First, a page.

President Reuven Rivlin said on Monday that Israel should annex the West Bank and give full citizenship to those living in the territory, namely the Palestinains.
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Though he did not name the Palestinians or the West Bank directly, Rivlin said Tuesday that "I believe that Zion is ours and that Israel's sovereignty should be [extended] to every site.
"Sovereignty over a certain territory grants citizenship to all who reside there. There's no excuse. There cannot be one law for Israelis and another one for non-Israelis," he told a conference held in Jerusalem by the Besheva newspaper.
Far-right partners in Prime Minister Netanyahu's coalition have called to use what is perceived as a more pro-Israel White House led by Donald Trump to advance the annexation of parts of the West Bank, a demand Netanyahu has resisted.
As president, Rivlin, a former member of the Likud and a longtime supporter of annexing the West Bank and granting Palestinians full civil rights, hold a mostly symbolic role.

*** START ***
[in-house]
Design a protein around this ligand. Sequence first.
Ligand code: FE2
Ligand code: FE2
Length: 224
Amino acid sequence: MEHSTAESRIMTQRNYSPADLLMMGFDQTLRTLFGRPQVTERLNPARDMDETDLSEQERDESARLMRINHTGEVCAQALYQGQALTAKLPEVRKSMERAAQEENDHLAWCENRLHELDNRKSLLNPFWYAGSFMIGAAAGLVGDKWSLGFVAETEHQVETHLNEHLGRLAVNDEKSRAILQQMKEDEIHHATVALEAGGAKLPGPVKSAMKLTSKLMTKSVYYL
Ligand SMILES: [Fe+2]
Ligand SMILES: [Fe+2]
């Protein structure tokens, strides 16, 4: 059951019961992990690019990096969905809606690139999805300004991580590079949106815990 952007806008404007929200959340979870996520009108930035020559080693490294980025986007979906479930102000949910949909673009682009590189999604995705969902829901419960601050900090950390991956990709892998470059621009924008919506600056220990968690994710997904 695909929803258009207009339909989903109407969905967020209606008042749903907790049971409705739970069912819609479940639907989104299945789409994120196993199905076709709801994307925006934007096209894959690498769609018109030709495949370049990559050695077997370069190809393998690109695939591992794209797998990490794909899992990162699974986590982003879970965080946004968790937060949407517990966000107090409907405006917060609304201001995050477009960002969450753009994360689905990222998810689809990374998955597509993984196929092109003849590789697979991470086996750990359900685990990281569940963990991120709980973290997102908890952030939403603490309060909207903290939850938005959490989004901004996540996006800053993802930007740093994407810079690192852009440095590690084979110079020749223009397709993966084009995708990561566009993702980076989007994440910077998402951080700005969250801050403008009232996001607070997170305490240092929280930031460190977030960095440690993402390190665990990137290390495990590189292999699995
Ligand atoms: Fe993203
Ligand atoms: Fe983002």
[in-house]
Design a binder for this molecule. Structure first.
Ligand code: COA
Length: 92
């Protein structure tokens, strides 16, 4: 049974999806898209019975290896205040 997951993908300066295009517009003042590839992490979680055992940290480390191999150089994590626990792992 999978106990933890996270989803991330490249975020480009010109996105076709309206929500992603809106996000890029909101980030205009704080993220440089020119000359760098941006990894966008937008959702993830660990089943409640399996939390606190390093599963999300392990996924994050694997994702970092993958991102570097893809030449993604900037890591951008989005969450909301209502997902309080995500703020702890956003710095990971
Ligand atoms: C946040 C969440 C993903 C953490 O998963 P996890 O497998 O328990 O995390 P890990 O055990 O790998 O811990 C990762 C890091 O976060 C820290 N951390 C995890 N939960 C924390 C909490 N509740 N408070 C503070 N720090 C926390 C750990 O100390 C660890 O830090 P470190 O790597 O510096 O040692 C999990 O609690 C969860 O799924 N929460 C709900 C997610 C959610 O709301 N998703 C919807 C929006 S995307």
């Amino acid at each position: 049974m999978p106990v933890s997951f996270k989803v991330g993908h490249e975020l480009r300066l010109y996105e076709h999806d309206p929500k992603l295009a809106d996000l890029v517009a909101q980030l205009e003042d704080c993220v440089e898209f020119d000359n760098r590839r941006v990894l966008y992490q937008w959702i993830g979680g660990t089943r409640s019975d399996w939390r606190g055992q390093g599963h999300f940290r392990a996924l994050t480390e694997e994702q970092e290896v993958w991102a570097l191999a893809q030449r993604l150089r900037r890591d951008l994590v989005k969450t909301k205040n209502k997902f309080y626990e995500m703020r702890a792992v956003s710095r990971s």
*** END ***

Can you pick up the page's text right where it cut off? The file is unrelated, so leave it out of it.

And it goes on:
A few days ago, Rivlin said he strongly opposes a law, passed by the Knesset last week, allowing private Palestinian land to be expropriated in order to retroactively legalize settlements. The passage of the so-called “Regularization Law” could cause Israel to look like an apartheid state, he said.
“Israel has adopted international law. It does not allow a country acting according to it to apply and enforce its laws on territories that are not under its sovereignty. If it does so, it is a legal cacophony. It will cause Israel to be seen as an apartheid state, which it is not,” he said.
“There is no question here. The government of Israel is simply not allowed to apply the laws of the Knesset on territories that are not under the state’s sovereignty,” added Rivlin.
The law passed last week allows Israel to expropriate private Palestinian land in the West Bank where Israeli settlements or outposts have been built. While it does not grant the settlers ownership of the land, it allows them to remain there and denies the Palestinian owners the right to claim the land “until there is a diplomatic resolution of the status of the territories.”